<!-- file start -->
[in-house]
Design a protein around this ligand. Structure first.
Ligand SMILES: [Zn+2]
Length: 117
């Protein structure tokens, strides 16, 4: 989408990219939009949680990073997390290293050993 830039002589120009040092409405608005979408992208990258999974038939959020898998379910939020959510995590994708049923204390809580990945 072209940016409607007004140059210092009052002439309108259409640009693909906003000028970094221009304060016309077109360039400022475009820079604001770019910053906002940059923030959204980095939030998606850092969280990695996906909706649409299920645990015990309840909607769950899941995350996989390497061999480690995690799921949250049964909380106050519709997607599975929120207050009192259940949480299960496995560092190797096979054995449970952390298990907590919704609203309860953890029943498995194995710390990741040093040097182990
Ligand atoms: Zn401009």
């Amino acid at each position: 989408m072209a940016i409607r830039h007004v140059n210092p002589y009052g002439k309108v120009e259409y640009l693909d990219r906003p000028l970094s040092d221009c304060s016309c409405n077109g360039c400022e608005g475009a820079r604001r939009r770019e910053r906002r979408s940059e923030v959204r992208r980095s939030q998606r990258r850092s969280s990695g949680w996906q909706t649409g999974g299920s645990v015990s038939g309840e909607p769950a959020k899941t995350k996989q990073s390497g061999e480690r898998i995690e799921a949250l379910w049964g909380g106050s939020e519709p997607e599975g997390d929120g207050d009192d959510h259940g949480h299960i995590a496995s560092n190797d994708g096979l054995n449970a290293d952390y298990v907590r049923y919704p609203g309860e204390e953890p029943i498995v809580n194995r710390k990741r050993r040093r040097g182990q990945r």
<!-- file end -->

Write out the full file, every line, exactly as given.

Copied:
[in-house]
Design a protein around this ligand. Structure first.
Ligand SMILES: [Zn+2]
Length: 117
């Protein structure tokens, strides 16, 4: 989408990219939009949680990073997390290293050993 830039002589120009040092409405608005979408992208990258999974038939959020898998379910939020959510995590994708049923204390809580990945 072209940016409607007004140059210092009052002439309108259409640009693909906003000028970094221009304060016309077109360039400022475009820079604001770019910053906002940059923030959204980095939030998606850092969280990695996906909706649409299920645990015990309840909607769950899941995350996989390497061999480690995690799921949250049964909380106050519709997607599975929120207050009192259940949480299960496995560092190797096979054995449970952390298990907590919704609203309860953890029943498995194995710390990741040093040097182990
Ligand atoms: Zn401009």
């Amino acid at each position: 989408m072209a940016i409607r830039h007004v140059n210092p002589y009052g002439k309108v120009e259409y640009l693909d990219r906003p000028l970094s040092d221009c304060s016309c409405n077109g360039c400022e608005g475009a820079r604001r939009r770019e910053r906002r979408s940059e923030v959204r992208r980095s939030q998606r990258r850092s969280s990695g949680w996906q909706t649409g999974g299920s645990v015990s038939g309840e909607p769950a959020k899941t995350k996989q990073s390497g061999e480690r898998i995690e799921a949250l379910w049964g909380g106050s939020e519709p997607e599975g997390d929120g207050d009192d959510h259940g949480h299960i995590a496995s560092n190797d994708g096979l054995n449970a290293d952390y298990v907590r049923y919704p609203g309860e204390e953890p029943i498995v809580n194995r710390k990741r050993r040093r040097g182990q990945r």